Simple Eating and Gardening Tips
Since nearly the beginning of time, cooks have been gardeners, too. And whether you have one pot of fresh salad greens or a large jardin potage, you can be part of that tradition.
Take the plunge, and not only will you learn the sweet sensation of absolutely fresh food in your mouth, and your body will get better nutrition, too.
Hint: It tastes nothing like store bought – and even farmer’s market food has a hard time comparing.
As Dr. Donald Davis of the University of Texas at Austin has learned, commercially grown food is not only bland – it has less in the way of vitamins and nutrients, too.
If you’re new to gardening, it’s important to start small. It’s tempting to suggest you start with a tomato plant, since this fruit, when home grown, so greatly outshines the stuff sold in grocery stores. But tomatoes need lots of sun, soil, water, and nutrients.
So maybe it’s better to start with a pot of salad greens. As long as they get at least 4 to 5 hours of sun each day, and a little water, they are a cinch to grow. Other easy to grow foods include cress, radishes, green beans, carrots, spinach, onions, beets, peas, and almost all herbs.
(Just be sure to keep herbs in pots, or they may overtake your yard.)
Whatever you grow, consider choosing non-hybridized varieties. It’s hybrids Dr. Davis believes accounts for the lacking nutrition in our fruits and vegetables. Heirloom varieties are more likely to be rich with both flavor and nutrition.
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Then Savor the Flavor
I often say that everyone would eat far more fruits and vegetables if only they could eat them as they are meant to be eaten: Fresh from the garden.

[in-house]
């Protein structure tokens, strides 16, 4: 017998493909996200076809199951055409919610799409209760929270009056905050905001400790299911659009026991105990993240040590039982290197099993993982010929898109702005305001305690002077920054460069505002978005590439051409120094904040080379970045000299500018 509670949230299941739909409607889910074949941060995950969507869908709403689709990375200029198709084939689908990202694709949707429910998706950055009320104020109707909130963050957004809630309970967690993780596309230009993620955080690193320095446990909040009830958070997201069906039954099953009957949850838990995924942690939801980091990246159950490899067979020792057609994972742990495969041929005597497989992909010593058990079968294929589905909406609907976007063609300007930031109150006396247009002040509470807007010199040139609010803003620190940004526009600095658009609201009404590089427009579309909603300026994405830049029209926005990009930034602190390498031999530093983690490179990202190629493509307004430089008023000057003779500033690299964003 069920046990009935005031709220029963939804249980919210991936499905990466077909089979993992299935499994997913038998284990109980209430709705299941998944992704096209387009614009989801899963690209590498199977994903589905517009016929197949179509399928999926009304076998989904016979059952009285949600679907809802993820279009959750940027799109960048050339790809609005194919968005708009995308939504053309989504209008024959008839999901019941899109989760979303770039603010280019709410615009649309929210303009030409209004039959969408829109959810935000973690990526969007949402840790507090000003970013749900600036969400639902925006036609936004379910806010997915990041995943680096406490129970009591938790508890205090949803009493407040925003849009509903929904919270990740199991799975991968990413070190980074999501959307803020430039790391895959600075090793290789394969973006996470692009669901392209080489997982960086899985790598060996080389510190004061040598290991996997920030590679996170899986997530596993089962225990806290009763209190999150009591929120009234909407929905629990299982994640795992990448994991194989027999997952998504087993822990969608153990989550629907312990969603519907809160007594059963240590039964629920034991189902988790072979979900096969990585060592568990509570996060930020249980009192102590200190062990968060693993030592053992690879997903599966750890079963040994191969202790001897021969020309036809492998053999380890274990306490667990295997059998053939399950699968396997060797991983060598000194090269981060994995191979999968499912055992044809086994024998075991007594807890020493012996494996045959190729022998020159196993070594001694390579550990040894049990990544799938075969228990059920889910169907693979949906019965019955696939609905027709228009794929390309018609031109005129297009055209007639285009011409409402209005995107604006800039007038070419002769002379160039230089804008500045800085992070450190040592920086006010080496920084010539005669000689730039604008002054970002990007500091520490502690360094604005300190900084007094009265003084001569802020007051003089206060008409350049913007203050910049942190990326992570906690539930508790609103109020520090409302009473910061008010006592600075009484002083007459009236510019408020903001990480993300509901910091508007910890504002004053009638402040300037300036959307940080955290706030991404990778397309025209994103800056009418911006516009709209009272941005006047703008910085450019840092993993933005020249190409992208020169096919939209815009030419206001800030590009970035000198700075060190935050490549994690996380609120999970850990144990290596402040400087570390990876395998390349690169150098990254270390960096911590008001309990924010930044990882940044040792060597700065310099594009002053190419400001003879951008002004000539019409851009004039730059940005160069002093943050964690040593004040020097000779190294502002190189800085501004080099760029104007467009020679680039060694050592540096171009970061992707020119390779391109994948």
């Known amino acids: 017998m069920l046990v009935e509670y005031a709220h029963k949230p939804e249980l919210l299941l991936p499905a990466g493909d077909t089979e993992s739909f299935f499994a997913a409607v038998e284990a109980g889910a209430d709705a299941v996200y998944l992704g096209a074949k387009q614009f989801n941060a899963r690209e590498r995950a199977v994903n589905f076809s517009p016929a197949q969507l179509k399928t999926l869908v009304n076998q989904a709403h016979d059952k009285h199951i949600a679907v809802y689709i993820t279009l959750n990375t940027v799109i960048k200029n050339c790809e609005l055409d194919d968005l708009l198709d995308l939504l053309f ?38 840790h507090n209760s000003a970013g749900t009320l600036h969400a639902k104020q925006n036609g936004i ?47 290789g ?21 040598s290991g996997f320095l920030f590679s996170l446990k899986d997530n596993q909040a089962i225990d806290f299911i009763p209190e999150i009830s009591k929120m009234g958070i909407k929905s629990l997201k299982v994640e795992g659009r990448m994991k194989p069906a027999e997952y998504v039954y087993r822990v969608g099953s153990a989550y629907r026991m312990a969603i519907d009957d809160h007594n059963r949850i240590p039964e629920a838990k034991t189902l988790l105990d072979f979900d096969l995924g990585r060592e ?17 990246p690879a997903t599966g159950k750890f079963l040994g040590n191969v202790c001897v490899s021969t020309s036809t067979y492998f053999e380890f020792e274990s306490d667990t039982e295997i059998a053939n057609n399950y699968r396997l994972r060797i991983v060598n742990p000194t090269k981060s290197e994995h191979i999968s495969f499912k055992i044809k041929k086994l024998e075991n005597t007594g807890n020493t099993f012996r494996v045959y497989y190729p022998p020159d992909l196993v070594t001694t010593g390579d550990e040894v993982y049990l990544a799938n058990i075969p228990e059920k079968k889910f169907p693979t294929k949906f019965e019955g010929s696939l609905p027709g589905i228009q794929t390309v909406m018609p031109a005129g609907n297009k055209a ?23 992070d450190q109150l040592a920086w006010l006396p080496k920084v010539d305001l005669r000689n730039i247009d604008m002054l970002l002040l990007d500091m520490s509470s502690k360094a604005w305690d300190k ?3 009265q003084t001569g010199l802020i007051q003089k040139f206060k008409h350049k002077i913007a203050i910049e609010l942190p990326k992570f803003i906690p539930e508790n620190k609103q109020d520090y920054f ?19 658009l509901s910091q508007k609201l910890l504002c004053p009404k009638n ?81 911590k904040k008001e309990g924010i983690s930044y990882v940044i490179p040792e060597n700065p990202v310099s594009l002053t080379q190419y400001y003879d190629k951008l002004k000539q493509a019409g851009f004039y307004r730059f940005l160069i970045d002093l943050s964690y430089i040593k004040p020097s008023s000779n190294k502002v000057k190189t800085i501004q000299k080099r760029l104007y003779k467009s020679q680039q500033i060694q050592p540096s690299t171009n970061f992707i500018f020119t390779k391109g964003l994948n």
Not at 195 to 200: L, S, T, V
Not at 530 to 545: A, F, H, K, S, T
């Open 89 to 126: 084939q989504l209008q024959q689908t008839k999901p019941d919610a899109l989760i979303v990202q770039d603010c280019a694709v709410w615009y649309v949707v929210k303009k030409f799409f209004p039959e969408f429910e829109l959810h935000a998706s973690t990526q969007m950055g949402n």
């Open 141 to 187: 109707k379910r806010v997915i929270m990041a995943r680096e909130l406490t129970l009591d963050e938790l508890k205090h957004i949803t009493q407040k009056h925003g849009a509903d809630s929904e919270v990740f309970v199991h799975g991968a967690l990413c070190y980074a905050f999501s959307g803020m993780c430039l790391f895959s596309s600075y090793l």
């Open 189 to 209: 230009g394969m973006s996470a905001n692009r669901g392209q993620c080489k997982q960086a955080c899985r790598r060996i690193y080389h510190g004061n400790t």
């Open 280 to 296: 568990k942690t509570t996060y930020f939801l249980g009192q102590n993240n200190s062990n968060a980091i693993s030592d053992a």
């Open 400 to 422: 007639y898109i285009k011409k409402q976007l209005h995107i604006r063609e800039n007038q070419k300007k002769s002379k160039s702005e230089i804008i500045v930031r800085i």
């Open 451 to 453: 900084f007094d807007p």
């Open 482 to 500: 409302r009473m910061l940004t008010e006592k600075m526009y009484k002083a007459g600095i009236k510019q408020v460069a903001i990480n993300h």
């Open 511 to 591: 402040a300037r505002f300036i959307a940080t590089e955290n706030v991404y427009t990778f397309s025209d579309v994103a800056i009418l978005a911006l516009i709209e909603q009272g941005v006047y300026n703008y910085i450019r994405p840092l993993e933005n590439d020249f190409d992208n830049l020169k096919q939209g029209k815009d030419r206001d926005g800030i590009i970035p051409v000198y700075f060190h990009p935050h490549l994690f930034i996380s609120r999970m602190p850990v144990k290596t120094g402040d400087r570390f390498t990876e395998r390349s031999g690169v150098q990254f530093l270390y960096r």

Your tomatoes will be packed with robust, juicy flavor – and they will never be mealy. Your peas will be crisp and sweet. Your carrots will have a sweet, almost juicy flavor.
Whenever possible, pick food from your garden just before cooking or eating it. This helps preserves both the flavor and the nutrients in the produce. If you have an abundant harvest, learn how to freeze it.
Some things, like herbs, onions, and sweet peppers, can be chopped, tossed into freezer bags, and then tossed into whatever you’re cooking. Tomatoes are easy to freeze by placing them on a baking tray until they are solid. Then pop them into freezer bags.
When you’re ready to cook with them, run the fruits under warm water; their skins will fall right off. Chop them up in your cooking, as they thaw.
Other foods require blanching before freezing. The National Center for Home Food Preservation offers complete information on how to do this.
Share your harvest, too. It’s likely your neighbors and friends have never tasted veggies as delicious as those you grow, and many shelters accept garden fresh produce, too.